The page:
The blockchain system is spread across multiple nodes. There is no single control centre. Every transaction ever made is recorded. This enforces integrity in the process itself. If someone wants to behave without integrity the cost of doing so is very high. It also solves the double-spending problem in virtual transactions. The same dollar cannot be used twice, which typically has been the problem with our banking systems. The blockchain solves the double-spending problem with consensus mechanisms (proof of work). In bitcoin, the blockchain system timestamps the first transaction (for a coin) and any further spend is rejected.
Blockchain, for the first time in history, gives an opportunity to include everyone. The economy of a country should work for everyone, and blockchain can make this happen.
Millions are still unbanked. People in developing countries cannot afford to have a minimum balance in their account or there is no bank in their vicinity. A blockchain-enabled banking system can empower people with mobile phones to get access to banking services with micropayments at extremely low costs. Their data on the blockchain can be used for verification hence reducing the cost for KYC (Know Your Customer). With a blockchain system in place funds distributed for financial aid in underdeveloped countries can be tracked down.
One of the best implementations of blockchain is the cryptocurrency bitcoin. Bitcoin is implemented using blockchain technology. Every transaction that has ever been carried out has been recorded and stamped by other nodes stating its validity. That transaction stays there, and anyone can view it.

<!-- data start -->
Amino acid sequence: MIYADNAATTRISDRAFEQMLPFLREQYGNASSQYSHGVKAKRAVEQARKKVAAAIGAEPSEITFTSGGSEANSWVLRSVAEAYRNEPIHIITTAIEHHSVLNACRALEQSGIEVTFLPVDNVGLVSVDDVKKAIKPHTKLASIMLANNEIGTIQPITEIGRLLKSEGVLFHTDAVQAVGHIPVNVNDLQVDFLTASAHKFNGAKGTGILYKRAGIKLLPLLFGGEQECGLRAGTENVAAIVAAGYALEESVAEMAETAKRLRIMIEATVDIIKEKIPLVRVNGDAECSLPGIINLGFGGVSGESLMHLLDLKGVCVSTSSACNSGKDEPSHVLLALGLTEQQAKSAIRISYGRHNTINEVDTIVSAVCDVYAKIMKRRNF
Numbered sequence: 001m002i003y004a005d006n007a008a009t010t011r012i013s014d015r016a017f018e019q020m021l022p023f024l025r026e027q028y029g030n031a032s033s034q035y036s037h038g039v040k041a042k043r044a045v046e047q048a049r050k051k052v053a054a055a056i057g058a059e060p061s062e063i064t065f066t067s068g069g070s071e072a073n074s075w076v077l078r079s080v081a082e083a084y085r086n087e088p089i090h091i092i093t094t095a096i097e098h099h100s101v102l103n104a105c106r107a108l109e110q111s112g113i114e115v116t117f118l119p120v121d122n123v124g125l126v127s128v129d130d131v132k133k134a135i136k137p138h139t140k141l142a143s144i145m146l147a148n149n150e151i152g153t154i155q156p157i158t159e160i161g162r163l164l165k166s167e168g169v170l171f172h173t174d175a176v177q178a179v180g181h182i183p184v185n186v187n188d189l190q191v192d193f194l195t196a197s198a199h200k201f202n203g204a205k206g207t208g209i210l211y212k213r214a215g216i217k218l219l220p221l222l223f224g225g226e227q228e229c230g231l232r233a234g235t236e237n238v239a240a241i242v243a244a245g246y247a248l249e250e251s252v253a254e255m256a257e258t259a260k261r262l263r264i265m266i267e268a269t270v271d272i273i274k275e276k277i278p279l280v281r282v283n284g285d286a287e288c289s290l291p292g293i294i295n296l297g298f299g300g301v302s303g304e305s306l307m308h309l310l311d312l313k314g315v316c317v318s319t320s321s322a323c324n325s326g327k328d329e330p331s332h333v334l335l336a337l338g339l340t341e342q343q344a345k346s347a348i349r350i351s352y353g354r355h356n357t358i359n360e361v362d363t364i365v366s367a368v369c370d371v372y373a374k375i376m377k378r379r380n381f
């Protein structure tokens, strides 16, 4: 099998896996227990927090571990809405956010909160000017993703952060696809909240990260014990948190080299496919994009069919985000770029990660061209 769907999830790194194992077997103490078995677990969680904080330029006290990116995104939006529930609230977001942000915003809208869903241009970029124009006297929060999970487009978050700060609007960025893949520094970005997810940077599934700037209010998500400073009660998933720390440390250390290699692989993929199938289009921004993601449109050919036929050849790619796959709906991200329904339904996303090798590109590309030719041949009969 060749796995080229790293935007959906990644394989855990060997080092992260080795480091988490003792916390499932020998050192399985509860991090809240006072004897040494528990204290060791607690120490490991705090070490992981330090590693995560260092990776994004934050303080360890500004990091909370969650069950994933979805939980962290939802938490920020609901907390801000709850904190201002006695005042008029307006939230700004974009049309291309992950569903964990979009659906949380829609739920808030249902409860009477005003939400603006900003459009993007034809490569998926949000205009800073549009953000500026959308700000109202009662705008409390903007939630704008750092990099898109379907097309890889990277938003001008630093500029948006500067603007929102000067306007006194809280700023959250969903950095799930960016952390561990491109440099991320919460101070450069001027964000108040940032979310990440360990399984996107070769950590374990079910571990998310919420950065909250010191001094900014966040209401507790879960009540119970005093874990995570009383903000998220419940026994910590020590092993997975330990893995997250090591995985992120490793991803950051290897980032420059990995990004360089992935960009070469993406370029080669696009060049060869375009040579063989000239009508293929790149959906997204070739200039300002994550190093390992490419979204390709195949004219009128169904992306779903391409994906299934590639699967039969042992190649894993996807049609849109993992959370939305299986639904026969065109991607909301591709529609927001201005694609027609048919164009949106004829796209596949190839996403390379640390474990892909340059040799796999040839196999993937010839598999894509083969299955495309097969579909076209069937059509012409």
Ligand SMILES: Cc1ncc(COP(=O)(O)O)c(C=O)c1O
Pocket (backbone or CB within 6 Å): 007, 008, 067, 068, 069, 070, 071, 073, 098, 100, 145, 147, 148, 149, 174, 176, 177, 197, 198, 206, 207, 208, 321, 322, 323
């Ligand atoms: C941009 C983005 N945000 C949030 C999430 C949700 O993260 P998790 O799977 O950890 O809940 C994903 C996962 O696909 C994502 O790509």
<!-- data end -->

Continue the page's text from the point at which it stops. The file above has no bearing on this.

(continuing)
Imagine you have a software that runs on top of a blockchain like Ethereum or any other. The system gives you incentives to use it. By use, I mean the more information you provide to this system, the better it works for you. The important part is you decide what you want to share. You can share your social profiles, your bank account details, answer questions that the system throws at you, the same will be verified by your social profiles.
This system then derives a reputation score from your social and economic factors, your actions and other attributes. Once you have used the system enough it will give you ratings based on your transactions. All your transactions are on the blockchain and you can view them. These collated ratings can be used to get access to funds, get utility connection, admission to colleges and other tasks. It is a form of eKYC totally based on what you have done. It does not require your proof of address, email, or phone numbers.
To implement such a system, we would need to build an ecosystem, and then integrate this reputation system with other businesses like banks, utility providers, schools and wallets. If someone has a bounced cheque, the reputation system gets the data from the bank and this information is registered in the blockchain.
The important challenge here will be to build an ecosystem that will accept these ratings and consistently provide this system with data to bring its ratings closer to reality. This will massively simplify the current processes. Users will be able to get quick loans based on their reputation ratings. The blockchain knows based on your transactions that your probability of repaying the loan is extremely. Since the system is using blockchain, security is embedded by design.
Blockchain as a technology has the potential to bring about a massive change. But like with any new concept, it has to be adopted and promoted from the highest levels. It is good to know that almost all big companies are investing heavily in blockchain tech. Even governments across the world have started the conversation around blockchain and are exploring ways to use it. The next step would be to develop the appropriate skills required to implement blockchain solutions.